'For the Lord is good': St. Paul's Lutheran in Fulda marks 125 yearsFULDA — When it came time to set the date for St. Paul Lutheran Church’s 125th anniversary celebration, organizers decided to tie it in with one of the congregation’s most popular events — the Cow Pie Open, an annual golf outing that takes place on the farm of members Glen and Kay Gunderman.
By: Beth Rickers, Worthington Daily Globe
FULDA — When it came time to set the date for St. Paul Lutheran Church’s 125th anniversary celebration, organizers decided to tie it in with one of the congregation’s most popular events — the Cow Pie Open, an annual golf outing that takes place on the farm of members Glen and Kay Gunderman.
“We’ve been doing the Cow Pie Open for a number of years,” explained anniversary committee chairman Randy Hein. “We originally started doing it at the golf course, then we ended up out in their pasture, and it worked out even better. It’s just a good social event, where you can sit back and relax for a few hours. So we picked that same weekend, a way to make (the anniversary) a whole weekend thing.”
The golf tournament will start the festivities off bright and early Saturday morning. Other events this weekend will include a confirmation reunion, family music service, worship service featuring former pastors and banquet with program.
As the theme for the celebration, the congregation chose Psalm 100:5: “For the Lord is good and His love endures forever; His faithfulness continues through all generations.”
It’s a fitting verse, as St. Paul Lutheran has been the faith home for many generations of southwest Minnesota families. According to church historian Loretta Gehl, who compiled a history book for the congregation’s 100th celebration and updated it for the 125th, the church’s beginnings are tied into the settlement of southwest Minnesota.
“It was chartered in 1886,” she explained. “The first train came into Fulda in 1879. Keep in mind that the Civil War ended in 1865, and this part of Minnesota was filled with Native Americans, and folks who were moving in before that were traveling only by foot or wagon train. As a history buff, I think that like people gathered together. First they came to Ellis Island, and then they came as far west as they could. … The people who came here, many of them had fought in the Civil War. They were not all coming from Europe. They were looking for farm land.”
Fulda became a settling spot for a group of German Lutherans.
“They all gathered in like religions,” Gehl continued. “The first pastors who could serve any kind of congregation had to ride in by horseback. Rost Township, Brewster and St. Peter Delafield, north of Lakefield — all those farm families were served by the same circuit riders, pastors who would try to meet with a few families in their homes once a month.”
The Fulda church began with six families, who first met in the community’s small wooden public school building or in one of the storefronts.
“That was their beginning. But they grew. By 1888, they had decided to build a church building and bought a lot that was 100- by 135 feet. The lot was sold to us by Bishop Ireland, who was busy planting the Fulda church. He sold it to us for $100,” detailed Gehl.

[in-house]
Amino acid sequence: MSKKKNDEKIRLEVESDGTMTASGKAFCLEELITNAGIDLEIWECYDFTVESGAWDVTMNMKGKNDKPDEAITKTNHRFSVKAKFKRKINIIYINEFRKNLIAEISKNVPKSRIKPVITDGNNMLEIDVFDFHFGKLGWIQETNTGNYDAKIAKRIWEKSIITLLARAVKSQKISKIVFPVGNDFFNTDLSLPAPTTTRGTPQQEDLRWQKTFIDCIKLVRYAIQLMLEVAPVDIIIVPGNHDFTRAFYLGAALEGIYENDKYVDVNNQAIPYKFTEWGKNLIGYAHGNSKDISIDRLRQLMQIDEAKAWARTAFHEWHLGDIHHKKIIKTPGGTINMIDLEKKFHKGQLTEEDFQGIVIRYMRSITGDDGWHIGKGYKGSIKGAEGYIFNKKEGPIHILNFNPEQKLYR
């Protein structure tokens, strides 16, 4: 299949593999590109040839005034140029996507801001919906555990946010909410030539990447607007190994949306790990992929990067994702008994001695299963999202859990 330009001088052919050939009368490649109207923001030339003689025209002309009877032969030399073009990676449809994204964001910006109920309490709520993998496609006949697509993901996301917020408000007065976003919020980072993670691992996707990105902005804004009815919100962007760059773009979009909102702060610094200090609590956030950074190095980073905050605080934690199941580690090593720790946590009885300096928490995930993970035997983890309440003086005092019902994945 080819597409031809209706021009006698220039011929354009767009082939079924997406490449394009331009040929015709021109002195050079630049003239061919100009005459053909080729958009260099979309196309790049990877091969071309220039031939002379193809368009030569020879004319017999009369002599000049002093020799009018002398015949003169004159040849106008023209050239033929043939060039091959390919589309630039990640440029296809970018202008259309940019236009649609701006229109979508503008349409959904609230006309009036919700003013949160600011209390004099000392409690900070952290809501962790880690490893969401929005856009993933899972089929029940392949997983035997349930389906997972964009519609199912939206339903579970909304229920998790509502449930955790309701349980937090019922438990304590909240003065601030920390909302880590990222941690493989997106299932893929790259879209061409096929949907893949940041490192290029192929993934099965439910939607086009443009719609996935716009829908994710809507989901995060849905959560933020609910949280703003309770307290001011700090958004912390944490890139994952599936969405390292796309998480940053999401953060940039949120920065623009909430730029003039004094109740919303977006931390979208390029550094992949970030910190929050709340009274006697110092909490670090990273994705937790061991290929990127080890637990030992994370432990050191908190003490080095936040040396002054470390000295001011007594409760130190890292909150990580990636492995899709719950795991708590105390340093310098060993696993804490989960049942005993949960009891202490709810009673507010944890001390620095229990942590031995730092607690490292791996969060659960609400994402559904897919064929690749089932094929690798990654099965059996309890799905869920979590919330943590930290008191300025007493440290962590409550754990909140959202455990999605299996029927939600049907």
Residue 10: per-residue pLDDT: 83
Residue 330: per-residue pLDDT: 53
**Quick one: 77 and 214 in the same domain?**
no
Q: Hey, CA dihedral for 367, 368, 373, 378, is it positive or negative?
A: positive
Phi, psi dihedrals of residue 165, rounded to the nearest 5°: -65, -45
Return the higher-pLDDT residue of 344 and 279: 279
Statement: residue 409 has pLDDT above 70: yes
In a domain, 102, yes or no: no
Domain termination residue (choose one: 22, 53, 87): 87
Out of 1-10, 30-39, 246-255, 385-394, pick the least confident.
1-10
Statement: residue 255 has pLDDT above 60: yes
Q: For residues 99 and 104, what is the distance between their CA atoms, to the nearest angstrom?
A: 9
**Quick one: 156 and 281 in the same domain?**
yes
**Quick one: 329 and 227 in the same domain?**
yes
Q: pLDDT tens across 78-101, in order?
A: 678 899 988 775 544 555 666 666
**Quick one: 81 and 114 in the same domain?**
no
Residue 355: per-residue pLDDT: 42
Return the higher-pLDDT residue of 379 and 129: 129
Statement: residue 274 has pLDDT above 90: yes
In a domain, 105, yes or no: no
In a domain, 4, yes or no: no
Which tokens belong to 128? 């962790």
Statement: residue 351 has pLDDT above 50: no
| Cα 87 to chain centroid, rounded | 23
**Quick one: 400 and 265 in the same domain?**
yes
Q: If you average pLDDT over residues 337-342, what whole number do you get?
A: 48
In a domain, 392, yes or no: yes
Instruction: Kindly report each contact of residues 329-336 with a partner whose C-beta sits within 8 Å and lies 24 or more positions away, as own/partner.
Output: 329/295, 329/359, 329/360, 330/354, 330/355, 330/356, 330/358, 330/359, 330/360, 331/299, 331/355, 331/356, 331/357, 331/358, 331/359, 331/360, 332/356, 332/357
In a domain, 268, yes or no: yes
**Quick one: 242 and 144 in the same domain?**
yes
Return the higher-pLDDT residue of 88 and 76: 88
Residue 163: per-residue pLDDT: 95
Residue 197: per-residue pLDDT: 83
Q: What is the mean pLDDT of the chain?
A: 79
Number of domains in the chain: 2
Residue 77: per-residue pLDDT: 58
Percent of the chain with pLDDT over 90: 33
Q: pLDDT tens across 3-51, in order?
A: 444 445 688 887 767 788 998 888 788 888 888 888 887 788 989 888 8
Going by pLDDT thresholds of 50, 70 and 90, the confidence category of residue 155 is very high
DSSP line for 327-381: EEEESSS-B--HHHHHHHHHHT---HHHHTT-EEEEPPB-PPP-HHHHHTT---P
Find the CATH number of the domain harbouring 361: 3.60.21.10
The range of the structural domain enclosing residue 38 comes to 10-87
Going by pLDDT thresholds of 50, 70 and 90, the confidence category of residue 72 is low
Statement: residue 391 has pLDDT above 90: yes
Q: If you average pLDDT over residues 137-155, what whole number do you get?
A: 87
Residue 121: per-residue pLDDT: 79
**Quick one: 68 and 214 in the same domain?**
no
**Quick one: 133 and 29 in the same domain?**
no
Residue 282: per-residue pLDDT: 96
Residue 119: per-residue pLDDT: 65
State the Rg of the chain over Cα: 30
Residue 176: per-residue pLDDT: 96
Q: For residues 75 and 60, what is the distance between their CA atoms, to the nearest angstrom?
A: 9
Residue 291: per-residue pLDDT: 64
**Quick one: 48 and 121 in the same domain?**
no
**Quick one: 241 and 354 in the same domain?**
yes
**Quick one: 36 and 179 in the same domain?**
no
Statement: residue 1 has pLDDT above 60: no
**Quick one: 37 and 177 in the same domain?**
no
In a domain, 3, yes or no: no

The first church was a small wooden structure that the congregation quickly outgrew. In 1900, a new church was built on the west side of the same block.
“Their goal was to build that for $2,400, and it ended up costing them $2,900. They had to add a bell, which was $265,” Gehl noted. “We still have that very bell. We moved that bell when we built the building we have today.”
The current church building was dedicated in July 1956. While it was under construction, a foresighted church member filmed the progress, and the video will be shown during the anniversary meal on Sunday.
“Della — Mrs. Harold Dierks — was something of a film buff, and she had to bring her son into kindergarten, so she’d walk over and get a little snippet of the building going up,” Gehl said. “Her children put it all together onto a DVD, and it’s very nicely done.”
The church also maintains a parochial school, started in 1893, that has a significant role in the congregation’s history.
“The school also met in the first wooden building in 1888,” Gehl said. “When the congregation outgrew that and moved into the 1900 building, they kept the 1888 building as just the school. The students met in that building until 1926, when they built the brick building they have today. They added an addition again the size in 1950.”
Gehl became a member of the congregation and community when she came to Fulda in 1950 to teach at the school.
“We really have a lot of workers who went into full-time church work,” she added. “I did a little research on that and was quite amazed. … We’ve had 15 folks from the congregation who became pastors, and 38 became full-time teachers — we have two preparing for the teaching profession right now — and two deaconesses and two parish workers.”
The anniversary committee has invited all former pastors, teachers and members to be part of the celebration and anticipates that some of them will be on hand. Advance reservations are not needed, and all interested people are welcome to attend, noted Hein.
The full schedule for St. Paul’s 125th celebration is as follows:
9 a.m. — Cow Pie Open (four-person best-ball and other games, guests welcome) at Glen and Kay Gunderman farm, 36183 110th St., Fulda
11 a.m. — Pork burger and sweet corn meal (free-will offering), Gunderman farm
4:30 p.m. — confirmation reunion, church
5:30 p.m. — sandwich supper (free-will offering), church basement
7 p.m. — family music service with Pastor Dave Horn, church
9 a.m. — worship service with Pastor Bernie Lutz and Pastor Gary Clayton
10:15 a.m. — Bible study with Pastor Bernie Lutz
11:45 a.m. — anniversary meal, also showing of church construction video
1 p.m. — program and recognition of former pastors, teachers and members.